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FLOROSCOPY

Fluoroscopy refers to an imaging technique that uses X-rays to obtain real-time moving images of the interior of an object. Fluoroscopy includes two major sub-categories. Larger, typically floor, wall or ceiling mounted device often called Cath Lab, and smaller (but categorized as full size and mini C-Arm) Mobile C-Arm. In its primary application of medical imaging, a fluoroscope allows a surgeon to see the internal structure and function of a patient mainly during surgery so that the surgeon can watch the pumping action of the heart, or the motion of swallowing, for example. 

This proves useful for both diagnosis and therapy and occurs in general radiology, interventional radiology, and image-guided surgery. 

Surgeons typically use mobile C-Arm (Full Size & Mini C-Arm) for surgical and pain management in many different fields including vascular, orthopedic, podiatry, urology, fertility clinic, and many other areas that require use of live X-ray. While some Mobile C-Arms prove useful for vascular cases, most cases for Mobile C-Arm include the ability to see structures (spine and other bones) for injection or minimally invasive surgical procedures. Full Size and Mini C-Arm mainly differ based on what object/interest these devices target. For extremity procedures (hands and foot), a Mini C-Arm can do the job while shoulder, hips and spine may require bigger sized, Full Size C-Arm.

In its simplest form, a fluoroscope consists of an X-ray source and a fluorescent screen, between which the surgeon places the patient. However, since the 1950s, most fluoroscopes have included X-ray image intensifiers and cameras as well, to improve the image’s ability and make it available on a remote display screen. For many decades, fluoroscopy tended to produce live pictures that were not recorded, but since the 1960s, as technology improved, recording and playback turned into the norm. 

Fluoroscopy shares certain similarities with radiography and X-ray computed tomography (X-ray CT) in that it generates images using X-rays. The original difference included the fact that radiography fixed still images on film, whereas fluoroscopy provided live moving pictures that were not stored. In recent times, radiography, CT, and fluoroscopy all refer to digital imaging modes with image analysis software and data storage and retrieval. 

Medical Applications

Fluoroscopy has proved an important tool in medical imaging to render moving pictures during a surgery or any other procedure.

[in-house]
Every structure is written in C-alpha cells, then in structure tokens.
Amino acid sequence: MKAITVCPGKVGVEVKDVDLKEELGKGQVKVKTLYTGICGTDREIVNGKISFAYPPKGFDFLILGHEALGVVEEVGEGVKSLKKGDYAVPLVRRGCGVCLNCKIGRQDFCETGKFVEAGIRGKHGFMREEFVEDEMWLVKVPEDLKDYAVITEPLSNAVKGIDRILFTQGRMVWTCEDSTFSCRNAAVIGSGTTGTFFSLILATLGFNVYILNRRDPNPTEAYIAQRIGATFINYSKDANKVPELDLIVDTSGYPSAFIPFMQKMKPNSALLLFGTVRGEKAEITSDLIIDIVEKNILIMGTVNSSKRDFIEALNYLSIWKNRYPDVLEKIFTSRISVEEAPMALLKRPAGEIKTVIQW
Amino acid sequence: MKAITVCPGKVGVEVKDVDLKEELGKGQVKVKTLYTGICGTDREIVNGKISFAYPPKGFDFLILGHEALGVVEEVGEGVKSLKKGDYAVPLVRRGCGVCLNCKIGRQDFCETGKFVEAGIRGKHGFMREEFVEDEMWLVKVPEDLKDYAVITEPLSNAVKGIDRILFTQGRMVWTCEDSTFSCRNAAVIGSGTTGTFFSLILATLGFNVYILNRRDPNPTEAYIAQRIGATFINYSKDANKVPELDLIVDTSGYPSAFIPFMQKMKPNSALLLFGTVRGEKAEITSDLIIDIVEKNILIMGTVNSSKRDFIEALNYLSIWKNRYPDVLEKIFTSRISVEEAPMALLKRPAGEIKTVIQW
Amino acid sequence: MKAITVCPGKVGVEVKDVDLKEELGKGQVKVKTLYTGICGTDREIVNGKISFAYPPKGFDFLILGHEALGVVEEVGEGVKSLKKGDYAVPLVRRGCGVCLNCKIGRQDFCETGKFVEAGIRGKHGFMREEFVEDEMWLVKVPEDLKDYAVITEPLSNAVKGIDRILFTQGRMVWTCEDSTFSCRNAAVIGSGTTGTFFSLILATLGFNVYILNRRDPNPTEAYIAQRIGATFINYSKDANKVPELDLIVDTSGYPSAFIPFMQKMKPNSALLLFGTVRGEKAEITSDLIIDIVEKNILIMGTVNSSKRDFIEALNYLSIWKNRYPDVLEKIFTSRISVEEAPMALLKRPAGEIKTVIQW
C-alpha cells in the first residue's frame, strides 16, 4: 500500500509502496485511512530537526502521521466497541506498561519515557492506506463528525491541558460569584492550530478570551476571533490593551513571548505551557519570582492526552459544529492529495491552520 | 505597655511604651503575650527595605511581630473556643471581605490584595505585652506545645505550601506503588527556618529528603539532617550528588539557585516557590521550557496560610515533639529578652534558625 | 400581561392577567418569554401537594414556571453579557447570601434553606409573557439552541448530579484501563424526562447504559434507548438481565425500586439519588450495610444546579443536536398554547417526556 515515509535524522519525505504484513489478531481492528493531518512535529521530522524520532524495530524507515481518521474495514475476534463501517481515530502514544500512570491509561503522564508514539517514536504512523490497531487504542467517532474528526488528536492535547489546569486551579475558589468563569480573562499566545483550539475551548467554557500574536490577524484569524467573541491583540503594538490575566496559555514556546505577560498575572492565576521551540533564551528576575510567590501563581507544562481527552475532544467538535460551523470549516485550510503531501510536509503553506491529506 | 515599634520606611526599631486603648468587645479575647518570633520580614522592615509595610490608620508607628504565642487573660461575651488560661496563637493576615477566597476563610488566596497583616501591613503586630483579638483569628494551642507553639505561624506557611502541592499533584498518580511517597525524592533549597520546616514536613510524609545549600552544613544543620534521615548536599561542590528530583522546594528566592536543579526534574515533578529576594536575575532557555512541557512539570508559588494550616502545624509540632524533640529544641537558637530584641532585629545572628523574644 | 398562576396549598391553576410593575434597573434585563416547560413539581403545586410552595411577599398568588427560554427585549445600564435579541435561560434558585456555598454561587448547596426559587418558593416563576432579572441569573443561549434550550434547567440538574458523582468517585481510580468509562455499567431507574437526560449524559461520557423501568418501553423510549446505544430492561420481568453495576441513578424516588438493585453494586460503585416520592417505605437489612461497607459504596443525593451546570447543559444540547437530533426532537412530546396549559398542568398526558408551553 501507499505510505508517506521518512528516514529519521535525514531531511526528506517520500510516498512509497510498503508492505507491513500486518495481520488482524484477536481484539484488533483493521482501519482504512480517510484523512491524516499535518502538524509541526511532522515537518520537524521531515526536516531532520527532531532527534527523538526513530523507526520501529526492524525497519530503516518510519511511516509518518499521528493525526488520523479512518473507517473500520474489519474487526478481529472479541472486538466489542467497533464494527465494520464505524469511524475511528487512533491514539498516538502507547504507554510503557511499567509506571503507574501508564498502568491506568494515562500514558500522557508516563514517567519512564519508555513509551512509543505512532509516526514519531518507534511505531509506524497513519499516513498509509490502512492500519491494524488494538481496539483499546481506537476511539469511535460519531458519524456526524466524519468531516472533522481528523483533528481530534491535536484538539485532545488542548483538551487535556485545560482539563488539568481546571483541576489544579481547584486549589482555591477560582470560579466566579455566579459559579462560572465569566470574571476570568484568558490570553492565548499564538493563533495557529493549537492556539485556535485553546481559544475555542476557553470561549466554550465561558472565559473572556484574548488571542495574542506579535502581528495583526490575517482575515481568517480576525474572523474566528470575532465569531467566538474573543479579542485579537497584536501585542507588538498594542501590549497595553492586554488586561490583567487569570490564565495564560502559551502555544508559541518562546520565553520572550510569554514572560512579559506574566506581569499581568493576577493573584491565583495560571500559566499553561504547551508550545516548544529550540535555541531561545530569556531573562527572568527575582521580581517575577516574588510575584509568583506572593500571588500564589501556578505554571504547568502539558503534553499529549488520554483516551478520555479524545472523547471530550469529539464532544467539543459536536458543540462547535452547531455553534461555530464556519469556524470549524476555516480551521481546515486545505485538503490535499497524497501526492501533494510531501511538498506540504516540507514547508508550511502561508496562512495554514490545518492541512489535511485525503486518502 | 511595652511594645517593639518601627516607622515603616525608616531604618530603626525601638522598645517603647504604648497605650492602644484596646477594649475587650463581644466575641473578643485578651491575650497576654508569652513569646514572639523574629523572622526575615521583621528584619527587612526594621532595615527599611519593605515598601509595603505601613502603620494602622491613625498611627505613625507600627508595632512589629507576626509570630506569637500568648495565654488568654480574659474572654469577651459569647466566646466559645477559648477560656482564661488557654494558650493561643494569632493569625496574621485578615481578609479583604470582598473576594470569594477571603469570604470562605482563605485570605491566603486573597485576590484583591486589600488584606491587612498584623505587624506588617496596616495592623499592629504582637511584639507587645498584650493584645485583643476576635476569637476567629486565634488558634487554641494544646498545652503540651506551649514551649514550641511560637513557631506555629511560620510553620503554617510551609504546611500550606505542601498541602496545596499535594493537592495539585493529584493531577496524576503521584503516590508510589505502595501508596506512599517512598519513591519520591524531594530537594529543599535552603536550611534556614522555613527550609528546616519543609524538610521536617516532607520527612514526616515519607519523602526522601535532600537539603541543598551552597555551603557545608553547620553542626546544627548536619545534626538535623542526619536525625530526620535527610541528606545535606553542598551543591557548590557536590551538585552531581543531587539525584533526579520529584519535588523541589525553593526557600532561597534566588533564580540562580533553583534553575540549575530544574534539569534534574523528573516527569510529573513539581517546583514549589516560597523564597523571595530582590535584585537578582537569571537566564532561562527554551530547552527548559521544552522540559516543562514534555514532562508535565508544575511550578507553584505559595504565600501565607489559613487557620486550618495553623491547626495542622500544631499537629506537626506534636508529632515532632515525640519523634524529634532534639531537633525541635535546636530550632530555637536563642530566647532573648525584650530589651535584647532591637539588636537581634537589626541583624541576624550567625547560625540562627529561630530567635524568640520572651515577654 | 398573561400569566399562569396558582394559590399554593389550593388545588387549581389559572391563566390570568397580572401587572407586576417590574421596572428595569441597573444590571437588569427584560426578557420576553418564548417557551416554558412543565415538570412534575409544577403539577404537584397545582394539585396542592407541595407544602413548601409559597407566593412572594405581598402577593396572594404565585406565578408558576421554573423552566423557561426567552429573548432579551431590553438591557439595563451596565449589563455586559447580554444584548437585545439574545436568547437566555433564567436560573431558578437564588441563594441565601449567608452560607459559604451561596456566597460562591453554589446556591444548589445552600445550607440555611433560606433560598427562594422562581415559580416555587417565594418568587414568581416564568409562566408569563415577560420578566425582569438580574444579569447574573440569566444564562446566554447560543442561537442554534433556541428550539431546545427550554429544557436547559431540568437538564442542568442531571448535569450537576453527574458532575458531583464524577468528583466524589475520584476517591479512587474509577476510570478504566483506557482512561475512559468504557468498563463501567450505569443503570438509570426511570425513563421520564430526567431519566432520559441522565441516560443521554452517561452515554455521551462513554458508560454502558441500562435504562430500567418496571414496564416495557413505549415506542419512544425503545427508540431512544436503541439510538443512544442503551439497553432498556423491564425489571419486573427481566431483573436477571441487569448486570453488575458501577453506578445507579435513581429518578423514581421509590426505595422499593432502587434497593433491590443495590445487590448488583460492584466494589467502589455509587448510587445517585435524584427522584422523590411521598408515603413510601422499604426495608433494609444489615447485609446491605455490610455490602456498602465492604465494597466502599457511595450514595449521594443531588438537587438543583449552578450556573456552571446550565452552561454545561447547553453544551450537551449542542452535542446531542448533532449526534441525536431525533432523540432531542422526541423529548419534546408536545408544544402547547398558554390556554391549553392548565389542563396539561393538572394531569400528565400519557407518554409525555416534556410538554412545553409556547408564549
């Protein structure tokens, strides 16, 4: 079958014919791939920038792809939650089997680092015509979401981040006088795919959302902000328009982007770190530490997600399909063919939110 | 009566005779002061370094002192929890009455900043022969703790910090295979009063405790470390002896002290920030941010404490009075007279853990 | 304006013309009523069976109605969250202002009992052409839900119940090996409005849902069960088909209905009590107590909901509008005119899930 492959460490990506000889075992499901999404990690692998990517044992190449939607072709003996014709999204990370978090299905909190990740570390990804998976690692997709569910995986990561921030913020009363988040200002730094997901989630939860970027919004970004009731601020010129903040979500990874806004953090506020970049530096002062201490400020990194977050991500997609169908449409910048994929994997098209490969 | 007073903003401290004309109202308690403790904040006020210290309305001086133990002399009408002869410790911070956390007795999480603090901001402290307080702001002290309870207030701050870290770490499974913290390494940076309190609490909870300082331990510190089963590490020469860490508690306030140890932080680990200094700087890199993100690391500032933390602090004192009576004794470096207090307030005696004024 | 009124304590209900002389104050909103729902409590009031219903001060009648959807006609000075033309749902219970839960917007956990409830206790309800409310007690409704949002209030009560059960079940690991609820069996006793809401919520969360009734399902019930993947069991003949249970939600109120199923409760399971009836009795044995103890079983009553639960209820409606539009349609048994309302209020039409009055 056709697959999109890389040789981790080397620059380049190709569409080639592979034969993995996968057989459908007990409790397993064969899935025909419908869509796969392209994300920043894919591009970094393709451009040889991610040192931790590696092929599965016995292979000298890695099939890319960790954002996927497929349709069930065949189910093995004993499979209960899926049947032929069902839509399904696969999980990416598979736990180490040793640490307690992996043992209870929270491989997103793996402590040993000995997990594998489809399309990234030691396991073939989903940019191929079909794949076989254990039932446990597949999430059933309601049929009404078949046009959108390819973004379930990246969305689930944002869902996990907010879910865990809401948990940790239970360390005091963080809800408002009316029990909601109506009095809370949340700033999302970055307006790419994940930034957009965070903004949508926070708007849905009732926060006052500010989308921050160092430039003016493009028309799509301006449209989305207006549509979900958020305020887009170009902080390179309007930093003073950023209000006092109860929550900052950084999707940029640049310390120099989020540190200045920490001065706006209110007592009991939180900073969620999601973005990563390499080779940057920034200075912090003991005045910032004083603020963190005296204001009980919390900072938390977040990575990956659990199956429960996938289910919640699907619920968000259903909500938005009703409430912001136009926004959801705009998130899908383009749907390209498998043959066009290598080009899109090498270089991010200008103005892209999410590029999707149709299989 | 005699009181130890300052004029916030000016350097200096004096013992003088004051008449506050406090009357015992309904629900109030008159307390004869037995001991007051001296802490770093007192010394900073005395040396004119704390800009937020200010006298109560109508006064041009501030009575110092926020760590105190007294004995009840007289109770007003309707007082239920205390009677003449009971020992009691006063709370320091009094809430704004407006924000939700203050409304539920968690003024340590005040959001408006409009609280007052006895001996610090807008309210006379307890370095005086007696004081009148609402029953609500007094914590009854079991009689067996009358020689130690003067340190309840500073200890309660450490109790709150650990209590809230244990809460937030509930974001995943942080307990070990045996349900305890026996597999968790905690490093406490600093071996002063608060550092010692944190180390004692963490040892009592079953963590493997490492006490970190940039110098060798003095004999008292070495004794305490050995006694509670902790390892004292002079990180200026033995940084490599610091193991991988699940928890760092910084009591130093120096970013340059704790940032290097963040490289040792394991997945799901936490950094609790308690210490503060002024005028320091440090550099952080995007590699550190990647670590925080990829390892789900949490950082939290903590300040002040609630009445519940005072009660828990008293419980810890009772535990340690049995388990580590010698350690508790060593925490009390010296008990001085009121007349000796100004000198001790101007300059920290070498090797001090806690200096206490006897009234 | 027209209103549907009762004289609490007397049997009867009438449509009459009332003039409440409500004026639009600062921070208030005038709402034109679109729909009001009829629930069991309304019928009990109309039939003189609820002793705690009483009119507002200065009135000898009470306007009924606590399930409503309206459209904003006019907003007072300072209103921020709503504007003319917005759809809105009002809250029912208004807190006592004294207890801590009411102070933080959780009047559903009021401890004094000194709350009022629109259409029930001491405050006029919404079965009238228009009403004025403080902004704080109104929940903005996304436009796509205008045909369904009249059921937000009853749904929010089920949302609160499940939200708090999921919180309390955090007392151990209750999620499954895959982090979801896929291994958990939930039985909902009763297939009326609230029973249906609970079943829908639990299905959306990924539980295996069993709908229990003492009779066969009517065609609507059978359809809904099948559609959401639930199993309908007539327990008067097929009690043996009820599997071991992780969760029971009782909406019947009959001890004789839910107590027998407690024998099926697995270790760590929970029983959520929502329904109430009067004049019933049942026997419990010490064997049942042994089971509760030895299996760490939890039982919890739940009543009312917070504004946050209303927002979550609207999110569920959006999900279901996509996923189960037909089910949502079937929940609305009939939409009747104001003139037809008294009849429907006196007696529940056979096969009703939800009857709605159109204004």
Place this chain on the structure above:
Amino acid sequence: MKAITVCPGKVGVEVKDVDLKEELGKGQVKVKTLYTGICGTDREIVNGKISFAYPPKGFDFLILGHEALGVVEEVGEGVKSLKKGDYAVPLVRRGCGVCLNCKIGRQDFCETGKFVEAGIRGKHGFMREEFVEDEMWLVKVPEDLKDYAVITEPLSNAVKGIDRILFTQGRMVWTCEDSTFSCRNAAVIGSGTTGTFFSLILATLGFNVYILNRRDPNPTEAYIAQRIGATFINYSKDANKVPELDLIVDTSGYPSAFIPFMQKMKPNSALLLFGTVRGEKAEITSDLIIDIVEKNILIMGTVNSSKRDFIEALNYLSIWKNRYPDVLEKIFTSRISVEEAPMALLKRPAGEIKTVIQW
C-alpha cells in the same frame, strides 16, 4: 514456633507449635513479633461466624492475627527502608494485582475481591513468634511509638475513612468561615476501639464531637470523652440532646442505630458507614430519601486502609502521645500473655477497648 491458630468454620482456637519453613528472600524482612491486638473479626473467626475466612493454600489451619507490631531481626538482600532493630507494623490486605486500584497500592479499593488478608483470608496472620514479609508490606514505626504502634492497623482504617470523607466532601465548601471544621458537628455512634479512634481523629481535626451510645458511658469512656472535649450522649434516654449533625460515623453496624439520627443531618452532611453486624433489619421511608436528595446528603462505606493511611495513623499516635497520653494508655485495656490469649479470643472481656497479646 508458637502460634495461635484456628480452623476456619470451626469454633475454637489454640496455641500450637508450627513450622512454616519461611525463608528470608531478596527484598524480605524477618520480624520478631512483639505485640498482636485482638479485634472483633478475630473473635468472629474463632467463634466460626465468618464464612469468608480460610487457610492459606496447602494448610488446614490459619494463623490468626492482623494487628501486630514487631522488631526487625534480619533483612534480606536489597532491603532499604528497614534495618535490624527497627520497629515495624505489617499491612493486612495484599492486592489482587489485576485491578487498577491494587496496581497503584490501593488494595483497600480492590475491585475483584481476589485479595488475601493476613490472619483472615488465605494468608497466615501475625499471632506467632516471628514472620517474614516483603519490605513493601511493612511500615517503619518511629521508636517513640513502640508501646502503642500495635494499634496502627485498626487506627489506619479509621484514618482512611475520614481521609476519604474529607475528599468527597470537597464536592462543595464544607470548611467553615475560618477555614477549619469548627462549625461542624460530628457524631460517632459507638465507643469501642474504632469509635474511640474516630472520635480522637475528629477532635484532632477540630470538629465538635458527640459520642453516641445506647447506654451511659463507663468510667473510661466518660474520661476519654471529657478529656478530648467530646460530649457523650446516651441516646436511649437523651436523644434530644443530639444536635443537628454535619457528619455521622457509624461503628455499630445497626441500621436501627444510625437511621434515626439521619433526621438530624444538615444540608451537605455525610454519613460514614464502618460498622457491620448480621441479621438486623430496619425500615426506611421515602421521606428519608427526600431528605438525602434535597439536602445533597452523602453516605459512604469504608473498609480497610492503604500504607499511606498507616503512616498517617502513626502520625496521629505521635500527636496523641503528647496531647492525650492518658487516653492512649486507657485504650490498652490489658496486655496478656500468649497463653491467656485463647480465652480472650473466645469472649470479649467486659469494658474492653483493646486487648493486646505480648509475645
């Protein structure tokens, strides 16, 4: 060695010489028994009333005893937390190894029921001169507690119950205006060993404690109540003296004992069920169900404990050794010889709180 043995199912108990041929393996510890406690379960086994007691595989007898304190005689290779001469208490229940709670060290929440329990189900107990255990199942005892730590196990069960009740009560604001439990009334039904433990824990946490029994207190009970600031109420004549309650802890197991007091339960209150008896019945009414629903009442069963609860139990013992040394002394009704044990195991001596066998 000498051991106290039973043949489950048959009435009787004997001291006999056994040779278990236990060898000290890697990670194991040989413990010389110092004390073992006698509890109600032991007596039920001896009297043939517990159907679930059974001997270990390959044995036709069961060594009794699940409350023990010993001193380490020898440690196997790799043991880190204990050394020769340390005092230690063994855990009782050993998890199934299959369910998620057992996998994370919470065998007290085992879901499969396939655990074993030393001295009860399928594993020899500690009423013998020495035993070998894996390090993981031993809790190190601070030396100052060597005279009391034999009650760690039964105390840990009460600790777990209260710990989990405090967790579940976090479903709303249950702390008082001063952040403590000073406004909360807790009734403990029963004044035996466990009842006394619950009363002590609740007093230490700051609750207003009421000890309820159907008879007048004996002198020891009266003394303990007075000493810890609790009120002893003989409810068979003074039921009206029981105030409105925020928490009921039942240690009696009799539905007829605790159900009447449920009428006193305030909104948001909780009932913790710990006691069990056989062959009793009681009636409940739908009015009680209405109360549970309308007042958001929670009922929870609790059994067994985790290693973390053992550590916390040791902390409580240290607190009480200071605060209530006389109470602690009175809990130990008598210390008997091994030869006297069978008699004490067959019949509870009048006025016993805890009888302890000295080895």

• Cardiology 

In cardiology, specialists use fluoroscopy for diagnostic angiography, percutaneous coronary interventions, implantable cardioverter defibrillators, pacemakers, and cardiac resynchronization devices.

  • Surgical fluoroscopy

Surgeons use fluoroscopy in various types of surgical procedures, such as orthopedic surgery and podiatric surgery. In both of these procedures, fluoroscopy aids in reducing the risk of fractures and in certain procedures that have extensive hardware.

  • Urology 

In urology, specialists use fluoroscopy in retrograde pyelography and micturating cystourethrography to detect various abnormalities related to the urinary system.

  • Gastrointestinal fluoroscopy

In gastrointestinal examinations, specialists use fluoroscopy to examine the digestive system by using a substance opaque to X-rays (usually barium sulfate or gastrografin). Specialists introduce these substances into the patient’s digestive system either by swallowing or as an enema. This usually acts as part of a double-contrast technique, using positive and negative contrast. Barium sulfate coats the walls of the digestive tract (positive contrast), which allows the specialist to view the outline of the GIT as white or clear on an X-ray. Presence of air (negative contrast) in the digestive tract appears black on the film. The barium meal includes an example of a contrast agent swallowed to examine the upper digestive tract. While soluble barium compounds prove toxic, the insoluble barium sulfate proves nontoxic due to its low solubility that prevents the body from absorbing it. Investigations of the gastrointestinal tract include barium enemas, defecating proctograms, barium meals and swallows, and enteroclysis. 

Other medical uses include:

  • Angiography of the leg, heart, and cerebral vessels.
  • Placement of a peripherally inserted central catheter. 
  • Discography, an invasive diagnostic procedure for evaluation for intervertebral disc pathology.
  • Placment of a weighted feeding tube (Dobhoff for example) into the duodenum after previous attempts without fluoroscopy have failed.
  • Specialists perform liver biopsy under fluoroscopic guidance at many centers.
  • Lumbar puncture. Fluoroscopy helps to guide where the needles of the spinal tap can go, and may reduce the number of attempts required for a successful lumbar puncture.

 

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